Neelah Garcia, 9, was among the children at this year’s Dallas Mavericks Jr. NBA Week Clinic. She said basketball is her favorite sport and she would love to see more girls play.

    “I think girls are just as good as the boys,” Garcia said. “If they can dream it and believe it…they can achieve it. Today we got to meet the Dallas Mavericks players and they were really tall. But they told us we can do anything we want, and I believe it. We also got to go to the game and the Mavs gave us t-shirts and let us come down here on the basketball court and run and shoot. It was a special day. I really loved it.”

    According to the Women’s Sports Foundation, participation in sports positively impacts the health and wellbeing of youth, but twice as many girls quit sports by the age of 14.

    This is why the Jr. NBA stepped in and provided a free “Her Time To Play” curriculum online, created in partnership with the Women’s Sports Foundation, which pairs on-court training with off-court life skills lessons to build girls’ confidence, prepare them for the challenges of adolescence and teach values like teamwork. Each chapter highlights personal life experiences and stories shared by professional basketball players.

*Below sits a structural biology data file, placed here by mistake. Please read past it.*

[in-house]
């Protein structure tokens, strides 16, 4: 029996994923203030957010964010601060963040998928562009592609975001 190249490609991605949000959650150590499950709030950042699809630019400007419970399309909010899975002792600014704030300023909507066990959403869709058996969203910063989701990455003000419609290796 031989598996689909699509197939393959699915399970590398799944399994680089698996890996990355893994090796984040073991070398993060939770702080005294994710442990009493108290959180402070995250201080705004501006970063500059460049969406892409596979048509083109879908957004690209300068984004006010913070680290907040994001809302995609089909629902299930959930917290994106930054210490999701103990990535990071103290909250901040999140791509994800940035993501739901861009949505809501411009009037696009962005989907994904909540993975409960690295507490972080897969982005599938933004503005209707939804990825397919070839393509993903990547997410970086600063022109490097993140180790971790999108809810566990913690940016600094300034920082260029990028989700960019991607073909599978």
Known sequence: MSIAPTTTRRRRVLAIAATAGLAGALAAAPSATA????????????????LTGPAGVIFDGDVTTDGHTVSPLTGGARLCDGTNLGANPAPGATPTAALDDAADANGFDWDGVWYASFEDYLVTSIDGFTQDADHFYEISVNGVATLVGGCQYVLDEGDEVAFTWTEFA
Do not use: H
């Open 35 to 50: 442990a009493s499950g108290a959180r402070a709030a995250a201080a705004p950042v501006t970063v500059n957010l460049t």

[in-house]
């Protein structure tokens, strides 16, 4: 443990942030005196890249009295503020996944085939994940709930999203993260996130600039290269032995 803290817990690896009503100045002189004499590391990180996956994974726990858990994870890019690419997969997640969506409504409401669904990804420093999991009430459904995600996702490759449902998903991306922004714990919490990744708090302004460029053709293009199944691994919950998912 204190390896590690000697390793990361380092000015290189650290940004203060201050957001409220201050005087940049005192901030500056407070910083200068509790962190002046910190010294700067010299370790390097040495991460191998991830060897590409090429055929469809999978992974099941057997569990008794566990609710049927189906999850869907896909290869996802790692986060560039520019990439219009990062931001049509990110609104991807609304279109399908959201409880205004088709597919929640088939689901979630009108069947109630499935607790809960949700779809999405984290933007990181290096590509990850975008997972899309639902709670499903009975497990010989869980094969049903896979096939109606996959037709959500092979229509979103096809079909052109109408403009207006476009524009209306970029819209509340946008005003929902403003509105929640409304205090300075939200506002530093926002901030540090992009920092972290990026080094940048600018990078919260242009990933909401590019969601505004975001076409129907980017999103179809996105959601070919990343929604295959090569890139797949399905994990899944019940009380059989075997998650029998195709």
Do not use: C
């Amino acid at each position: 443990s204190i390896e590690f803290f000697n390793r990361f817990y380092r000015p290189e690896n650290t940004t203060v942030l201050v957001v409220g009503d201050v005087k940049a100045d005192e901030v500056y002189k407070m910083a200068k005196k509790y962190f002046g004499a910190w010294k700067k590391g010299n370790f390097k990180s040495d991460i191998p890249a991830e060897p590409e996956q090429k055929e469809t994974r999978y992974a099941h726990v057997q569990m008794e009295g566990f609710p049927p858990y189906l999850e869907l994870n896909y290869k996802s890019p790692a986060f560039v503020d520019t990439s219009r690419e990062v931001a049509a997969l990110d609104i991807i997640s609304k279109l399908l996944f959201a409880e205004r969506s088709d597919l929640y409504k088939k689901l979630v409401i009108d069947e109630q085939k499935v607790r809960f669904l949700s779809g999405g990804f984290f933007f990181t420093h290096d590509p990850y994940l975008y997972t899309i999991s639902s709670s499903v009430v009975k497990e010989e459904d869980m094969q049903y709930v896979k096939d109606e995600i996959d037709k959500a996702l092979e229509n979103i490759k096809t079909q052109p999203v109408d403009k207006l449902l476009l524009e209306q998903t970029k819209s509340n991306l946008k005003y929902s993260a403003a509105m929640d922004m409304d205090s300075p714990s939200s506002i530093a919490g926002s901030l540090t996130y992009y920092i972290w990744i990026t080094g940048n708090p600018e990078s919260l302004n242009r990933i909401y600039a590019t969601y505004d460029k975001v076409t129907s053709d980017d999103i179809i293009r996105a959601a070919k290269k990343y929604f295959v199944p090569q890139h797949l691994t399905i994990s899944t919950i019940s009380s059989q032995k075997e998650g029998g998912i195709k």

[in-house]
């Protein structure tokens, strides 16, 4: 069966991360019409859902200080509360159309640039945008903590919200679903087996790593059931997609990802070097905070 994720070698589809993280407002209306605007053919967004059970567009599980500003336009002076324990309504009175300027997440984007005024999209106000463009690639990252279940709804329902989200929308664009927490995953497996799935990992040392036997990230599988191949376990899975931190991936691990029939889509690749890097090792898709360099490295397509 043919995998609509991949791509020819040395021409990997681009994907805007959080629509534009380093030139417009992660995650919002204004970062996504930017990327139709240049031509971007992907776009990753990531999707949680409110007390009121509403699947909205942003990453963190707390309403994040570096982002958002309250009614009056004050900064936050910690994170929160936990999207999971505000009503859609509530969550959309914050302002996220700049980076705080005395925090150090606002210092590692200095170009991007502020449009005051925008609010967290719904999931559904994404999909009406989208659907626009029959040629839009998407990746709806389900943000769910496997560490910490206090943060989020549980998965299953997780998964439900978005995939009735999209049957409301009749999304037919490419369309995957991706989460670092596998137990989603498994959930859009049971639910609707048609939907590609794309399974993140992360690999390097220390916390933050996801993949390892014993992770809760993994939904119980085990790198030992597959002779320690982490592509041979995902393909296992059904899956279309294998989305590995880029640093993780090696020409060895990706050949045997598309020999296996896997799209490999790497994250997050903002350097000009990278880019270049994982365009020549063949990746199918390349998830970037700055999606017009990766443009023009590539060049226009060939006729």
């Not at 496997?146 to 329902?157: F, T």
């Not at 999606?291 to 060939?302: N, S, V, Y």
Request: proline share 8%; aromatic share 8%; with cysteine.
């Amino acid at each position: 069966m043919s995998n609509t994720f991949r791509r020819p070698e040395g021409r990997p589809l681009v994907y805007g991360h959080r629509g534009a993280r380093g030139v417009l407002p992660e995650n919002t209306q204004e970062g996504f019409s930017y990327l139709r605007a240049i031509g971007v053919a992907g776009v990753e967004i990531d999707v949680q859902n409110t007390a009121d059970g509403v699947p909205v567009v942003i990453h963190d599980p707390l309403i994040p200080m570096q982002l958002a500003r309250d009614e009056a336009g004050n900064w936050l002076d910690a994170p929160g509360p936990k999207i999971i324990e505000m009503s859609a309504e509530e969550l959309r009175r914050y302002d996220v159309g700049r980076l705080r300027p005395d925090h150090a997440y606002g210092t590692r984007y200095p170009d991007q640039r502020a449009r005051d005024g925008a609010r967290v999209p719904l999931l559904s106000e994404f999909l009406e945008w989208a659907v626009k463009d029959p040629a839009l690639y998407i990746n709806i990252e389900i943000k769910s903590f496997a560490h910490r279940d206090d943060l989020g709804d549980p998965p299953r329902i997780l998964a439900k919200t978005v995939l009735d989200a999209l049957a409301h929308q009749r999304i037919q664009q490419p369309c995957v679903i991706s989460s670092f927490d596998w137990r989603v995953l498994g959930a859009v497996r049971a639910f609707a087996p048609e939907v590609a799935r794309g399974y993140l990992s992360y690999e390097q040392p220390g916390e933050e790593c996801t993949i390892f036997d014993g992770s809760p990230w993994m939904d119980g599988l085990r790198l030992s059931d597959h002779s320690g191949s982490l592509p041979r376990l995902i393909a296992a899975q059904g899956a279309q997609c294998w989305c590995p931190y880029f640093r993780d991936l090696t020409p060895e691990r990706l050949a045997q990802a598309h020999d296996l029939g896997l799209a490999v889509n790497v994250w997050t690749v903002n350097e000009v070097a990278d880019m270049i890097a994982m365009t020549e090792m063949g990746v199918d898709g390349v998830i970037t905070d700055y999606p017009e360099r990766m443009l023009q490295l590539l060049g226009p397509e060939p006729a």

“Her Time To Play” is a collaboration with the NBA, WNBA, USA Basketball, YMCA of the USA, the Women’s Basketball Coaches Association, Boys & Girls Clubs of America and the Women’s Sports Foundation.

    The Jr. NBA is the official youth basketball development platform of the NBA, the WNBA and the G League. It was relaunched in 2015 with a focus on increasing participation and making sure kids have an opportunity to learn the fundamentals of the game as well as core values and life skills.

    The Dallas Mavericks are proud supporters of the Jr. NBA and “Her Time To Play.”

    Garcia said she is, too.

    “I am going to do more pushups and get a lot stronger and work hard, so that my shot goes further as I grow. I believe I will get better with lots of practice. Basketball is so much fun and maybe one day I can play for the Dallas Mavericks.”